A Spanish learning grammar by Pilar Munoz; Mike Thacker

By Pilar Munoz; Mike Thacker

A moment variation of this well known Spanish Grammar. disguise; ebook identify; Contents; Acknowledgements; Bibliography; creation; word list of Grammatical phrases; half I; half II; Key to half I: routines; Key to half II: workouts; Index

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I’ll call him/you at eight o’clock. La veré mañana. I’ll see her/you tomorrow. Los/Les voy a enseñar a bailar. I’m going to teach them/you to dance. Las vi ayer. I saw them/you yesterday. 44 Personal pronouns 3 Where it is not clear whether the pronoun refers to ‘him/them’ or ‘you’, Spanish inserts a personal pronoun preceded by a: Le/lo veré a él mañana. I’ll see him tomorrow. Le/lo veré a usted mañana. I’ll see you tomorrow. Important note: There is a great deal of variation in the use of le and lo for the direct object in different parts of the Spanish-speaking world.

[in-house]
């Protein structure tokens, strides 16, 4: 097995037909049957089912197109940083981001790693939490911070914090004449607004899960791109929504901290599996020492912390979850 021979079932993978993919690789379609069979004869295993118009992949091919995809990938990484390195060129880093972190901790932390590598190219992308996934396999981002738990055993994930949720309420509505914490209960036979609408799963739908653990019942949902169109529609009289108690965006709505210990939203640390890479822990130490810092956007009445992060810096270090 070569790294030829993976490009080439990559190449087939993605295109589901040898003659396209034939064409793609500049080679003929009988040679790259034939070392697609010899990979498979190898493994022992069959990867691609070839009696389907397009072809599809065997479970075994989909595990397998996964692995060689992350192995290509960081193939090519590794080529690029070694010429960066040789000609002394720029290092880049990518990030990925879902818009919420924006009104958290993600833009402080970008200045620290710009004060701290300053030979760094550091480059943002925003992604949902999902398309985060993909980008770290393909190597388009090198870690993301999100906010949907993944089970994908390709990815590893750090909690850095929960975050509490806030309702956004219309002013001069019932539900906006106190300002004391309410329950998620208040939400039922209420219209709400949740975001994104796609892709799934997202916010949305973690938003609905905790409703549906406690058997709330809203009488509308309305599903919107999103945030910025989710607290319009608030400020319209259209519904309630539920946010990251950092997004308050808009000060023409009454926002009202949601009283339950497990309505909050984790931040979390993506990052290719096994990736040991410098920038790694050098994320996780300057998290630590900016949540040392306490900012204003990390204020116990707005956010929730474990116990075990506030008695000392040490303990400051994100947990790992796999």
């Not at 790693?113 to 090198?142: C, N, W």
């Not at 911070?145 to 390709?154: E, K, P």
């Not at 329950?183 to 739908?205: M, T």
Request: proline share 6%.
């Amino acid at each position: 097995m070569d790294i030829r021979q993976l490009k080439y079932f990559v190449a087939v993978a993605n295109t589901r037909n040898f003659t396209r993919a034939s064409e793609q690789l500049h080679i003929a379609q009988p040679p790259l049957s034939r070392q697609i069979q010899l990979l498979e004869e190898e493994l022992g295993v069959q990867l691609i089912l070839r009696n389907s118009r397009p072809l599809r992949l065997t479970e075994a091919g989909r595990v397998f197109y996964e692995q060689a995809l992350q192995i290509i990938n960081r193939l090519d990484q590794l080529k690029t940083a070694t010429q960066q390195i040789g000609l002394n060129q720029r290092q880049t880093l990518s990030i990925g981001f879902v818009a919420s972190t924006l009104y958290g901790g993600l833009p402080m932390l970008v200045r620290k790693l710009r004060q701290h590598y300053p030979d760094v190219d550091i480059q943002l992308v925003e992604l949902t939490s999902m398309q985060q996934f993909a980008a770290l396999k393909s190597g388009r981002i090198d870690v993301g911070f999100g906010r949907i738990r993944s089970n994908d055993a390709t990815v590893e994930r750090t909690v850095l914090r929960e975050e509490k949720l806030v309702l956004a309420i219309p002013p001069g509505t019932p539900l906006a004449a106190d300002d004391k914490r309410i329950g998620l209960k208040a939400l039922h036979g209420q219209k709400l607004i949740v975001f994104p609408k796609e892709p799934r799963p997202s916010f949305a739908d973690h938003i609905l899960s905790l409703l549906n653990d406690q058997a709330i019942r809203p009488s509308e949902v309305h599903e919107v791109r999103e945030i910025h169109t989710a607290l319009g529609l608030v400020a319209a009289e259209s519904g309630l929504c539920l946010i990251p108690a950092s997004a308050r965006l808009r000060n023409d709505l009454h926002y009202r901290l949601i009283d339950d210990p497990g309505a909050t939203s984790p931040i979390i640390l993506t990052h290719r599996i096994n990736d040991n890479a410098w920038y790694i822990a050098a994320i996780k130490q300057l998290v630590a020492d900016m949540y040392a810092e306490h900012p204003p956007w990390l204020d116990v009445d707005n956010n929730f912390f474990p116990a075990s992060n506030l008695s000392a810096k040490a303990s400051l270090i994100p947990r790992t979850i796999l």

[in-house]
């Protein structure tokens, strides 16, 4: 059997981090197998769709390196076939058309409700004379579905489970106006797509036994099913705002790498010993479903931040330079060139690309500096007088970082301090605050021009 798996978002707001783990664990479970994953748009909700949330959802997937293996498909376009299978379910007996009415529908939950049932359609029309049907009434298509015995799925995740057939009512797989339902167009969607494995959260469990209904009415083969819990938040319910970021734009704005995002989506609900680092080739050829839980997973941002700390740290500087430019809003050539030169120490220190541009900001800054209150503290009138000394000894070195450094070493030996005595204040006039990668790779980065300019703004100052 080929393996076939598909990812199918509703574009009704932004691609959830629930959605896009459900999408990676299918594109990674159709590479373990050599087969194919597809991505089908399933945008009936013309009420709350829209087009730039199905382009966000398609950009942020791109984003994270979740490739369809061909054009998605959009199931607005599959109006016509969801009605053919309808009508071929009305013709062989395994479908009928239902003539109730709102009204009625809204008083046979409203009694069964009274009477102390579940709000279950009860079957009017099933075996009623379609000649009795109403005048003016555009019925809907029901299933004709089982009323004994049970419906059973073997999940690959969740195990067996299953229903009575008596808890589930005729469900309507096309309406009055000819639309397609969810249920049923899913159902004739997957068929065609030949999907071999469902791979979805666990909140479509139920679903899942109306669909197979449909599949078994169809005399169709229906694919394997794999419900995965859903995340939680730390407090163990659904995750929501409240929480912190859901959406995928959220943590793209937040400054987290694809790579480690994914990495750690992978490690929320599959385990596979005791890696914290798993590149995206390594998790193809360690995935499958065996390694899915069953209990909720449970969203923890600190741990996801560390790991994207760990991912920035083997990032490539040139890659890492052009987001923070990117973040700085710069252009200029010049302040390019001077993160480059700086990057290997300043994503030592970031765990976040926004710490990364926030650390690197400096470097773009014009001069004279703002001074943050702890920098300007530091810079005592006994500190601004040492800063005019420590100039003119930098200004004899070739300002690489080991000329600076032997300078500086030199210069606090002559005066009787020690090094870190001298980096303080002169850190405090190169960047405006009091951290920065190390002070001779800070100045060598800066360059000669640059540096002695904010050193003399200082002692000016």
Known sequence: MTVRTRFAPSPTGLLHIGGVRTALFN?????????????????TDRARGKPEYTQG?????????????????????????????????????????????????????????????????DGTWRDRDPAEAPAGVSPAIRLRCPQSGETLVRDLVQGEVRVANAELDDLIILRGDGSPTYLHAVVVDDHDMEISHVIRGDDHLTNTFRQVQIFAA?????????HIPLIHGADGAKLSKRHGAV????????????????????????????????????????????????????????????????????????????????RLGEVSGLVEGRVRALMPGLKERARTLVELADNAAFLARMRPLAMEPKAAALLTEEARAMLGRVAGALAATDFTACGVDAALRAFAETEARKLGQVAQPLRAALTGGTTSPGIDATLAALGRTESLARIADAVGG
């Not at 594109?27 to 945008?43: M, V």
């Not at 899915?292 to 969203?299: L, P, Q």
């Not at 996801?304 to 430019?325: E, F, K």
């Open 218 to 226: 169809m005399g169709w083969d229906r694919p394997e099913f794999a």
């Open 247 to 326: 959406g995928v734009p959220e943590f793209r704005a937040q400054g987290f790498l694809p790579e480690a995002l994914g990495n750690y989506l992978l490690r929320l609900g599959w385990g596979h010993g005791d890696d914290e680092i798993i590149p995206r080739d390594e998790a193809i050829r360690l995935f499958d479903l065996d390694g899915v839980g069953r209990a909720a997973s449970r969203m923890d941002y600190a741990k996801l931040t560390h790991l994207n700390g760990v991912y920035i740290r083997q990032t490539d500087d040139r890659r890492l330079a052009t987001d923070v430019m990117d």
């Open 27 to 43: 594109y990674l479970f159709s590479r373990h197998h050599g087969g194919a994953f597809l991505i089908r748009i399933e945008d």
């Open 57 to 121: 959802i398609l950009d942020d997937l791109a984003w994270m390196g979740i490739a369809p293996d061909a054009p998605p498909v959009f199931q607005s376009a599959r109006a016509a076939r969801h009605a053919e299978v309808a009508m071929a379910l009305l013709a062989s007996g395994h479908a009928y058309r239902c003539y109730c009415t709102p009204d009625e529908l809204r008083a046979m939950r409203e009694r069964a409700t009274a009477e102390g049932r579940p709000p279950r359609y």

The company is going from bad to worse. I can’t say any more; it’s a secret. Every day I spend less. For comparisons of equality tanto como (as much as), is used: Él no trabaja tanto como ella. He doesn’t work as much as her. No come tanto como piensas. She doesn’t eat as much as you think. 2 Superlative KEY IDEAS ● In Spanish the superlative expresses a quality in its greatest possible degree, as in English. ), and by the addition of -ísimo. 1 Formation 1 2 The superlative is formed: either by placing the definite article before the noun whose quality we are describing and adding the comparative adjective after the noun: Inmaculada es la persona más simpática de su familia.

Personal pronouns 4 As a ‘free-standing’ pronoun: – Has ganado la lotería. – ¿Yo? Me tomas el pelo. 43 You’ve won the lottery. Me? You’re pulling my leg. 2 Direct object pronouns KEY IDEAS ● ● Direct object pronouns stand for a person, thing or idea which is the object of the verb Unlike the subject pronouns, the object pronouns in Spanish are used as frequently as in English. The difference is that in Spanish object pronouns are usually placed before the verb, whereas in English they come after the verb: Lo oí todo en la radio.

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